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Q: Electrical storm and conductors ( Answered 5 out of 5 stars,   0 Comments )
Subject: Electrical storm and conductors
Category: Science > Physics
Asked by: cwd-ga
List Price: $5.00
Posted: 11 May 2004 19:55 PDT
Expires: 10 Jun 2004 19:55 PDT
Question ID: 344964
If a building has an indoor pool, and there's a lightning storm,
should swimmers get out of the pool even if the building is metal? 
One is safe from a storm inside a car since the charge stays on the
outer shell of the car, right?  (Or is it because of the rubber tires
that keep the car from being grounded?)  If so, it seems that one is
safe in an indoor pool from an electrical storm, even if pipes leading
into the pool are effectively grounded.
Subject: Re: Electrical storm and conductors
Answered By: digsalot-ga on 11 May 2004 22:07 PDT
Rated:5 out of 5 stars
Hello there

Everybody out of the pool.

The warnings abound.  Get out of the water, indoors or out.  That
includes taking showers, hand washng dishes, or anything else which
has you in water.

"Avoid higher elevations; wide-open areas such as sports fields; tall,
isolated objects such as trees, poles and light posts; metal fences
and bleachers; open vehicles, including golf carts with roofs;
unprotected open buildings such as picnic pavilions and bus shelters;
and water-related activities, including swimming in indoor pools." -
From University of Illinois at Chicago Office of Public Affairs  -

You will find in that srticle that lightning kills more people in the
US each year than hurricaines and tornados combined.  The author is
considered the leading international authority on lightning strike

As for being safe in a car.  Yes and no.  Your basic premise is right
in that it is the metal shell which protects you, but there are
certain other criteria which must be met as well. - - "A reasonable
second choice is a vehicle with a solid metal top and metal sides.
Cars are safe because of their metal shells; convertibles or vehicles
with fiberglass or plastic shells are not safe. Close the windows,
lean away from the door, put your hands in your lap and don't touch
the steering wheel, ignition, gearshift or radio." - quote from same
website as above.

This article from the National Athletic Trainers Association carries
the same warnings: - a PDF file,
Acrobat Reader needed.

Whether the building is all metal or not, whether pipes are grounded
or not grounded, whether they are non-conductive plastics or even
wooden (if such things still exist)  the lightning charge follows the
water.  And there are other thing which may carry lightning to the
pool besides just the pipes.

This next quote is specific for pools, indoor and out: - - "Question:
Is it necessary to evacuate a pool during lightning?
Yes. There are a few cases in and around swimming pools every year in
the U.S. During the summer of 2000, two boys were killed at an outdoor
pool in Florida. Documented cases of indoor pool lightning victims are
scarce. The whole indoor or outdoor pool complex should be considered
unsafe during lightning unless proven otherwise. The open surface of
the pool is one factor, but the power, plumbing, and mechanical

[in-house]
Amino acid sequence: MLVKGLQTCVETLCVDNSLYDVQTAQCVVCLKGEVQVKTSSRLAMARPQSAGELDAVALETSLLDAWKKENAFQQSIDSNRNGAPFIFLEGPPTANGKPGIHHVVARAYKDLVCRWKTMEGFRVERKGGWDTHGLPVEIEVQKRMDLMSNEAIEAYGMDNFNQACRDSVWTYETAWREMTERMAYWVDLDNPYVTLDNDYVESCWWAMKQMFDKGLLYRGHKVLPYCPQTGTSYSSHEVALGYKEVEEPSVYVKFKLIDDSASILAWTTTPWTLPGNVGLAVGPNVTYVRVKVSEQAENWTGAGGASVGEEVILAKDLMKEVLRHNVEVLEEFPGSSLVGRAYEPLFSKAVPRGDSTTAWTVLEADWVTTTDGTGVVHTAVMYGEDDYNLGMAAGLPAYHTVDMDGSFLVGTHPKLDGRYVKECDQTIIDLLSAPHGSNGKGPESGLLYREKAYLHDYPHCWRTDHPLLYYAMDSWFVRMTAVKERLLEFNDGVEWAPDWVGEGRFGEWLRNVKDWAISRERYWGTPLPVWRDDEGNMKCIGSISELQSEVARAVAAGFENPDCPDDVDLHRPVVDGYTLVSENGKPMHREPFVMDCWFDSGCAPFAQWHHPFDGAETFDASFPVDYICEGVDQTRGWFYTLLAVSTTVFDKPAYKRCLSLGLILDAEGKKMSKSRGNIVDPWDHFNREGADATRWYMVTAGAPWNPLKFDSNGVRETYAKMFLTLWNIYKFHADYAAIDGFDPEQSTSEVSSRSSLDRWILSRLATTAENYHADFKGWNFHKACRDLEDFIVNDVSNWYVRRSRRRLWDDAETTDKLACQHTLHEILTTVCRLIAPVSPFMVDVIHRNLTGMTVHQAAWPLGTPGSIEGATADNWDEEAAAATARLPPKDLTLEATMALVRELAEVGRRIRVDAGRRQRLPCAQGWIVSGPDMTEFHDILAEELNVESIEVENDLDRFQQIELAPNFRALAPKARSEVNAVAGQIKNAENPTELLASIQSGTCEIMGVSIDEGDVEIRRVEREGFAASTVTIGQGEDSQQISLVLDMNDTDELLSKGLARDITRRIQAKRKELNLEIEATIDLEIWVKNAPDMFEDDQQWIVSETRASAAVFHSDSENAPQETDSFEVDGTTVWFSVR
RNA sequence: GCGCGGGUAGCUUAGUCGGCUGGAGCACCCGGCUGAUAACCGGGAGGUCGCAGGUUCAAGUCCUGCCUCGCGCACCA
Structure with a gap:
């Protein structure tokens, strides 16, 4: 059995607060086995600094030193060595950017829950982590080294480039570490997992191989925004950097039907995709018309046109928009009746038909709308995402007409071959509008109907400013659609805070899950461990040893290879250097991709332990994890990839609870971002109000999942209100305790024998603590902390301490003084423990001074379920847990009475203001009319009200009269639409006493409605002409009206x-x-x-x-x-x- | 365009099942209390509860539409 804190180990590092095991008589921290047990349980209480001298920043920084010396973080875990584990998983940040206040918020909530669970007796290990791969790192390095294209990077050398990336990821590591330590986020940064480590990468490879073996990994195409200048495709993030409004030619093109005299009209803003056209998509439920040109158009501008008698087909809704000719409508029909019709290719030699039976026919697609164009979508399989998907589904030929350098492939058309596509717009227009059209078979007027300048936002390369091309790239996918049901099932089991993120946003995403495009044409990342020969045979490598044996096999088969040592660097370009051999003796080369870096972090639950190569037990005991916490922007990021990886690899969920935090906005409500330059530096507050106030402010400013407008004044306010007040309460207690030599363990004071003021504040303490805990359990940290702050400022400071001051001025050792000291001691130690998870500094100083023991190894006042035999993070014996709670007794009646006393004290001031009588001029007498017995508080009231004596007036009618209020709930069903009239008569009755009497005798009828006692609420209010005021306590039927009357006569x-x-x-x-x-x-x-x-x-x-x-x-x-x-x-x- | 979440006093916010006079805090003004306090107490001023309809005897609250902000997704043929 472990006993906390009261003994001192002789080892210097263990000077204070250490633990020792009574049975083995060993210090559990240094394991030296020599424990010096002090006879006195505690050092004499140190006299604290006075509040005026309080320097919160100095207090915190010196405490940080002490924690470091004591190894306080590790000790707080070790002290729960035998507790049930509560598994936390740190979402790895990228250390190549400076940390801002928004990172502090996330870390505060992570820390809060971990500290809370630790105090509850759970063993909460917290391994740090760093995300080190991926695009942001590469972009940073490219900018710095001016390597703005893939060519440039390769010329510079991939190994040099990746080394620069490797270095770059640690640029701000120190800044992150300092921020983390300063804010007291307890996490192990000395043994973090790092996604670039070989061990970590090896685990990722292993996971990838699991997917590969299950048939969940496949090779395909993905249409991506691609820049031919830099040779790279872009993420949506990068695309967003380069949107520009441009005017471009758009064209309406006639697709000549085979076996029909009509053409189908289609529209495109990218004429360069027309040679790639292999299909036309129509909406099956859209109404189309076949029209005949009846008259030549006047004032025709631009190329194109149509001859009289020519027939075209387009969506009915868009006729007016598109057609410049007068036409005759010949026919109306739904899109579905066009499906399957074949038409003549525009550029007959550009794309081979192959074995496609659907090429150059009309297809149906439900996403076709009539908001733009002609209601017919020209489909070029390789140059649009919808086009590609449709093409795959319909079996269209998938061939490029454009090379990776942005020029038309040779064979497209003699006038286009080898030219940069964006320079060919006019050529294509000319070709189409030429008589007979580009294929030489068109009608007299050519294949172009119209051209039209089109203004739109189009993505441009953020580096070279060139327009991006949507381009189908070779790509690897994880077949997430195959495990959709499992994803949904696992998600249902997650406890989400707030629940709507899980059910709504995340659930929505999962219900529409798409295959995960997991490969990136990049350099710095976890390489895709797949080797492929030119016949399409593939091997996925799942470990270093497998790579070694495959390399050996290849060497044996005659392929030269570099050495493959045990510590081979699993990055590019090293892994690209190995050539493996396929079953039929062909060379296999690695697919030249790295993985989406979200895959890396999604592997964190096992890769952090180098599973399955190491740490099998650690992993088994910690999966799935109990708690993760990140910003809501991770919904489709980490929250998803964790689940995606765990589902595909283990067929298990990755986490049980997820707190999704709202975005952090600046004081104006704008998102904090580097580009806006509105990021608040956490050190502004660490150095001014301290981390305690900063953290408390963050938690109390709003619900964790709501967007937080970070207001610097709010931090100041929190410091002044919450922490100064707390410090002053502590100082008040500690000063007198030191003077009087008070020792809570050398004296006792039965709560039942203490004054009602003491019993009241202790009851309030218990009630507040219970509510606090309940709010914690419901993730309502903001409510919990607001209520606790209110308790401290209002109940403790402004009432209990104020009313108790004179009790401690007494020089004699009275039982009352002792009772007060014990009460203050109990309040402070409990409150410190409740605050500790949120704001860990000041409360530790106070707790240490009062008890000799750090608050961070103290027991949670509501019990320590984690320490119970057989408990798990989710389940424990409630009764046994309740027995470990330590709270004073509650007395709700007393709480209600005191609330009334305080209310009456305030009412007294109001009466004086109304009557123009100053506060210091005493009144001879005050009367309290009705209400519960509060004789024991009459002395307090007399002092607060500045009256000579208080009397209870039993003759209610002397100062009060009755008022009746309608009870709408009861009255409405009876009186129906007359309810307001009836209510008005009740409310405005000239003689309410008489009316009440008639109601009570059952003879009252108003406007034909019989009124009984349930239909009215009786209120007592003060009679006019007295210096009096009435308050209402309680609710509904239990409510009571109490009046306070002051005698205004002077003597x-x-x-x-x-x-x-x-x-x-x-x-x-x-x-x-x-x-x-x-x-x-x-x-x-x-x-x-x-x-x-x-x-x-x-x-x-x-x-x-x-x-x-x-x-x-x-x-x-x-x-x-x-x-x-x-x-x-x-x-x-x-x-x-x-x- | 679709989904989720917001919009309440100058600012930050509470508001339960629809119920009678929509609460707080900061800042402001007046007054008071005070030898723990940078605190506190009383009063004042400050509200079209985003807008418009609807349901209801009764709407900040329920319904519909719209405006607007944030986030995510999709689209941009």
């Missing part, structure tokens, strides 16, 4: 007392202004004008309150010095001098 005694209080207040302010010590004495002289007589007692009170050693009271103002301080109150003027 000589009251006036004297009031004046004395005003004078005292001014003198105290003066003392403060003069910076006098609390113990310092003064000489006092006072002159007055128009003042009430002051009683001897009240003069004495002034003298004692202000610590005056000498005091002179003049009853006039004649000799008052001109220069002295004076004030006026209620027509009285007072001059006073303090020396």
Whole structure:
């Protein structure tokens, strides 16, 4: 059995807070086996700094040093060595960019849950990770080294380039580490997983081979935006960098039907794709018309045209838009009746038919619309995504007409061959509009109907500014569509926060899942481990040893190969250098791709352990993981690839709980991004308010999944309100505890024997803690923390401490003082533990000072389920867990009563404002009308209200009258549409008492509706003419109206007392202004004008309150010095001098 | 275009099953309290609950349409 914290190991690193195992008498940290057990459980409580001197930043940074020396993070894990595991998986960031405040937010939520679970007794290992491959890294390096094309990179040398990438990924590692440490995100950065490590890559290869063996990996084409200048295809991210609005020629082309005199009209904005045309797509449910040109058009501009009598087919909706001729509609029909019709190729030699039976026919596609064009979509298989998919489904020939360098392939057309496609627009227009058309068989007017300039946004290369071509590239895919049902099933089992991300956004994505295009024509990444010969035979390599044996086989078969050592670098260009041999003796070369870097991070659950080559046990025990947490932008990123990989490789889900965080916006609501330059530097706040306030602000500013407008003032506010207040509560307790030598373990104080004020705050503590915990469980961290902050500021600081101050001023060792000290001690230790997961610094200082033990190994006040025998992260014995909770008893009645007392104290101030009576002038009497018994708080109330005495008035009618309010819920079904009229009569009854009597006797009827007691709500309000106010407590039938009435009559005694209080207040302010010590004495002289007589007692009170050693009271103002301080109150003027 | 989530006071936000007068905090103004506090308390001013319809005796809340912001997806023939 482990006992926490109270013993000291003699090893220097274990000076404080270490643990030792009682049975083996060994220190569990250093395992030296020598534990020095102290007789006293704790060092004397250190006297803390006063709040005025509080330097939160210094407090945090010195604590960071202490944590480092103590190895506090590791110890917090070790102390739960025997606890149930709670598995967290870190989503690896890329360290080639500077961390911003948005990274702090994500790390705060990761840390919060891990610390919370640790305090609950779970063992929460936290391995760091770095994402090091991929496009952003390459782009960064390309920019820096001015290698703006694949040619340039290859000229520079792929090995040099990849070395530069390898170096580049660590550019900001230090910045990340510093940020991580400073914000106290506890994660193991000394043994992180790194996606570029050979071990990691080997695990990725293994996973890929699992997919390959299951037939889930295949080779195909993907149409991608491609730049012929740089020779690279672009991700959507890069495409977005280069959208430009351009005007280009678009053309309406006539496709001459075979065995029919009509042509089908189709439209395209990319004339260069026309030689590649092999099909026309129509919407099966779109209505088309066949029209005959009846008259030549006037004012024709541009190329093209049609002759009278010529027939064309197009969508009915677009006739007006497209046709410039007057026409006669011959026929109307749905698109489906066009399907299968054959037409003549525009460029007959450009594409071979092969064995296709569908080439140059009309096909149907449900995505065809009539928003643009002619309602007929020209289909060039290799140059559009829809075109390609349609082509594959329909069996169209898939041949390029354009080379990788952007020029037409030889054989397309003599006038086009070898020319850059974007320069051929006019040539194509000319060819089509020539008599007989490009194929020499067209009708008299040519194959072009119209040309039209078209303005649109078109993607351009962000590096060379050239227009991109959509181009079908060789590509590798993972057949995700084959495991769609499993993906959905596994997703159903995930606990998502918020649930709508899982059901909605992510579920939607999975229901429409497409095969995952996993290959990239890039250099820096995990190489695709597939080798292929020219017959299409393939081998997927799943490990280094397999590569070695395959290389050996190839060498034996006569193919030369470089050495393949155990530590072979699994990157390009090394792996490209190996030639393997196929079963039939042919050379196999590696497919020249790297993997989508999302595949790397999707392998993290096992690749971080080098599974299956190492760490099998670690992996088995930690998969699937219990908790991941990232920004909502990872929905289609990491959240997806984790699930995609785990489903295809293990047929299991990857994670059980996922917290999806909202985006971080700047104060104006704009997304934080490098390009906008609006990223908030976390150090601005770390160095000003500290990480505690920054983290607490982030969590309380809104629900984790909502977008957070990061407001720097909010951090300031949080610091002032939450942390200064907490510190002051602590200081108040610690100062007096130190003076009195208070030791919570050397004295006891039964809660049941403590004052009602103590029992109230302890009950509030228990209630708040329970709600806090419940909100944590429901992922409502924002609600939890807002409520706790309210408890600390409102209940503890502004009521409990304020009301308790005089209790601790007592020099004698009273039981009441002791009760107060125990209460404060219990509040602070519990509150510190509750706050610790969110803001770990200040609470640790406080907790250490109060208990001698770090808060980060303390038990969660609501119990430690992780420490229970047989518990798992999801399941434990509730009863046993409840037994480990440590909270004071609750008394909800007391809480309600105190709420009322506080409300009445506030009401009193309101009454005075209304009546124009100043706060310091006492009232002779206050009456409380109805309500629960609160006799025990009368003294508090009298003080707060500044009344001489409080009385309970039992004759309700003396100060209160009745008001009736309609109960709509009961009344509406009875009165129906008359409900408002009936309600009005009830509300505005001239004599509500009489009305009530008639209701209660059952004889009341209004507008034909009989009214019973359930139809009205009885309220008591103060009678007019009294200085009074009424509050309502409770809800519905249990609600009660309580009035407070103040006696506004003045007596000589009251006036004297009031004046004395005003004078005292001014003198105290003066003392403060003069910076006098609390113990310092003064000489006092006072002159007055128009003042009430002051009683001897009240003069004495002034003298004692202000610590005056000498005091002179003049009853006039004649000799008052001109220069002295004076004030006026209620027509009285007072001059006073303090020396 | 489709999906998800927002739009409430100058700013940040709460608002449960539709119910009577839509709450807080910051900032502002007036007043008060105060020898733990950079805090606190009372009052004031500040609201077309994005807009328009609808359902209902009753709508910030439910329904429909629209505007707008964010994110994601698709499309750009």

connections to the pool are a very important factor, too. Water and
electric lines are very good conductors. The most likely scenario is
for lightning to hit a utility pole outside a pool. The current then
travels through wires into the pool area. Every pool has a pump, and
the pump is designed to move water. That connection can be the site of
a transfer of lightning current from the power system into water in
the pool, then to wading pools, the shower area, and anywhere there is
standing water. Everyone in contact with water in the complex could be
a lightning strike victim. Lightning safety experts recommend staying
out of the water for 30 minutes after the last flash or thunder.
Studies found that waiting 30 minutes eliminates most lightning risks
as the storm leaves the area."  - - The quote is from a FQA about
lightning safety where you will find a ton of other information as
well.  Website by the VAISALA	 Group -

And last: - "Indoors vs. Outdoor Aquatic Facilities:

"The question often rises about whether or not these same procedures
need to be followed during a thunder and lightning storm when
operating an indoor facility. It is almost impossible to totally
protect a facility's electricity network from the damaging impact of
lightning strikes. A facility's lightning protection system is
designed to control the current provided by a lightning strike through
a specific conductive path, thereby eliminating the chance of fire or
explosion within non-conductive parts of the protected building.
Lightning protection does not prevent a strike, but provides a safe
path for the dangerous current to follow to ground. According to the
American Red Cross, telephone lines and metal pipes can conduct
electricity and the use of telephones or any electrical appliances
should be avoided during a thunder and lightning storm. They also
advise to avoid taking a bath or shower, or running water for any
other purpose. Based on this information, we advocate that the same
principles that pertain to outdoor aquatic and recreation facilities
should be followed for indoor facilities as well." - Quote from
"Emergency Procedures During Thunder & Lightning Storms"  Website of
Lifesaving Resources

So when a storm comes, get out of the pool and stay away from any standing water.

Search - Google
Terms - lightning safety swimming pools

If I may clarify anything before rating the answer, please ask

cwd-ga rated this answer:5 out of 5 stars and gave an additional tip of: $2.00
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